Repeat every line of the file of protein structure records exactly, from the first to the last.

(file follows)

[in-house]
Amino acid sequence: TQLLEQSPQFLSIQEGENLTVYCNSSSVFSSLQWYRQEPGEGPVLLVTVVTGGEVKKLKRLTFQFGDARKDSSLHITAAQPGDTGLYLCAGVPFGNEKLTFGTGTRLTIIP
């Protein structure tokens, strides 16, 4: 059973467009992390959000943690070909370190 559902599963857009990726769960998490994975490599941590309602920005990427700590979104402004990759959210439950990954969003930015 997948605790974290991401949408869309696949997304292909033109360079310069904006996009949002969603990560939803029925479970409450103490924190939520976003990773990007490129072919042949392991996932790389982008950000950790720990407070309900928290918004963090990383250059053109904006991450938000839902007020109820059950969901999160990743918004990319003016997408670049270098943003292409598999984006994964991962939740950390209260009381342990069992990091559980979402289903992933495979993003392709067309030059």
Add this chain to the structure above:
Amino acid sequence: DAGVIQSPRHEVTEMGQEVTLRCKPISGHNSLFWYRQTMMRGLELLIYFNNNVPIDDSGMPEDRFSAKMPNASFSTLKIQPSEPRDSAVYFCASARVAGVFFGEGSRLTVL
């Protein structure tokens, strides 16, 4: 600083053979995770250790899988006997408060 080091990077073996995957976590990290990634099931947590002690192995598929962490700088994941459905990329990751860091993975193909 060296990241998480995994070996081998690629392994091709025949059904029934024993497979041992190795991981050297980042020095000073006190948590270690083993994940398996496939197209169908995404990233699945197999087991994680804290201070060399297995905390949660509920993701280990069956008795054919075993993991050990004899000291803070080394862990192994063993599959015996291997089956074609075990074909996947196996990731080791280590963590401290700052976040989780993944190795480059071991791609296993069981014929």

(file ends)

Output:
[in-house]
Amino acid sequence: TQLLEQSPQFLSIQEGENLTVYCNSSSVFSSLQWYRQEPGEGPVLLVTVVTGGEVKKLKRLTFQFGDARKDSSLHITAAQPGDTGLYLCAGVPFGNEKLTFGTGTRLTIIP
């Protein structure tokens, strides 16, 4: 059973467009992390959000943690070909370190 559902599963857009990726769960998490994975490599941590309602920005990427700590979104402004990759959210439950990954969003930015 997948605790974290991401949408869309696949997304292909033109360079310069904006996009949002969603990560939803029925479970409450103490924190939520976003990773990007490129072919042949392991996932790389982008950000950790720990407070309900928290918004963090990383250059053109904006991450938000839902007020109820059950969901999160990743918004990319003016997408670049270098943003292409598999984006994964991962939740950390209260009381342990069992990091559980979402289903992933495979993003392709067309030059």
Add this chain to the structure above:
Amino acid sequence: DAGVIQSPRHEVTEMGQEVTLRCKPISGHNSLFWYRQTMMRGLELLIYFNNNVPIDDSGMPEDRFSAKMPNASFSTLKIQPSEPRDSAVYFCASARVAGVFFGEGSRLTVL
């Protein structure tokens, strides 16, 4: 600083053979995770250790899988006997408060 080091990077073996995957976590990290990634099931947590002690192995598929962490700088994941459905990329990751860091993975193909 060296990241998480995994070996081998690629392994091709025949059904029934024993497979041992190795991981050297980042020095000073006190948590270690083993994940398996496939197209169908995404990233699945197999087991994680804290201070060399297995905390949660509920993701280990069956008795054919075993993991050990004899000291803070080394862990192994063993599959015996291997089956074609075990074909996947196996990731080791280590963590401290700052976040989780993944190795480059071991791609296993069981014929």